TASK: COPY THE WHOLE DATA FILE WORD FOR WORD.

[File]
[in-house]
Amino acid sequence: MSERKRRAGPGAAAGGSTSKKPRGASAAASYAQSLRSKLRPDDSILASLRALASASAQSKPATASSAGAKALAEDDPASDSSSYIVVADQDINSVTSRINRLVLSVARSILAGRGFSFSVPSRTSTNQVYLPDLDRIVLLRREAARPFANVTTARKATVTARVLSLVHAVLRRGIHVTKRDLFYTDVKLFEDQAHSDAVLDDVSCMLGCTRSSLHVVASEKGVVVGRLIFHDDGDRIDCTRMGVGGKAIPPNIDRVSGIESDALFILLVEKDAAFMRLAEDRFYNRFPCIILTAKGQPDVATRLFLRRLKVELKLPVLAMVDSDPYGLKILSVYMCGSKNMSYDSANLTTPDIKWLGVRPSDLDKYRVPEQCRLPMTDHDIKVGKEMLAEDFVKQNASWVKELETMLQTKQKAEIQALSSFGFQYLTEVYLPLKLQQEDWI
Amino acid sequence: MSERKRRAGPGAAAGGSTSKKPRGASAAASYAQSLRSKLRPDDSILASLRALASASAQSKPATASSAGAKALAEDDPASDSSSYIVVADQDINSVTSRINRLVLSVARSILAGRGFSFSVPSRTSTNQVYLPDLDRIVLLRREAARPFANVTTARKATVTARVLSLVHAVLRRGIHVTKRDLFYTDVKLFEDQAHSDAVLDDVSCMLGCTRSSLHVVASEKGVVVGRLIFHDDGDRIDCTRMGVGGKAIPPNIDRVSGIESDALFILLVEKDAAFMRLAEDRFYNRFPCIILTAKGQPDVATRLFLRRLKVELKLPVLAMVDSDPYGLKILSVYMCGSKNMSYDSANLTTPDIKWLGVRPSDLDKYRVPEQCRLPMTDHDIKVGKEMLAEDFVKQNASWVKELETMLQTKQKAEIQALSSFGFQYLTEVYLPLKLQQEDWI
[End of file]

[in-house]
Amino acid sequence: MSERKRRAGPGAAAGGSTSKKPRGASAAASYAQSLRSKLRPDDSILASLRALASASAQSKPATASSAGAKALAEDDPASDSSSYIVVADQDINSVTSRINRLVLSVARSILAGRGFSFSVPSRTSTNQVYLPDLDRIVLLRREAARPFANVTTARKATVTARVLSLVHAVLRRGIHVTKRDLFYTDVKLFEDQAHSDAVLDDVSCMLGCTRSSLHVVASEKGVVVGRLIFHDDGDRIDCTRMGVGGKAIPPNIDRVSGIESDALFILLVEKDAAFMRLAEDRFYNRFPCIILTAKGQPDVATRLFLRRLKVELKLPVLAMVDSDPYGLKILSVYMCGSKNMSYDSANLTTPDIKWLGVRPSDLDKYRVPEQCRLPMTDHDIKVGKEMLAEDFVKQNASWVKELETMLQTKQKAEIQALSSFGFQYLTEVYLPLKLQQEDWI
Amino acid sequence: MSERKRRAGPGAAAGGSTSKKPRGASAAASYAQSLRSKLRPDDSILASLRALASASAQSKPATASSAGAKALAEDDPASDSSSYIVVADQDINSVTSRINRLVLSVARSILAGRGFSFSVPSRTSTNQVYLPDLDRIVLLRREAARPFANVTTARKATVTARVLSLVHAVLRRGIHVTKRDLFYTDVKLFEDQAHSDAVLDDVSCMLGCTRSSLHVVASEKGVVVGRLIFHDDGDRIDCTRMGVGGKAIPPNIDRVSGIESDALFILLVEKDAAFMRLAEDRFYNRFPCIILTAKGQPDVATRLFLRRLKVELKLPVLAMVDSDPYGLKILSVYMCGSKNMSYDSANLTTPDIKWLGVRPSDLDKYRVPEQCRLPMTDHDIKVGKEMLAEDFVKQNASWVKELETMLQTKQKAEIQALSSFGFQYLTEVYLPLKLQQEDWI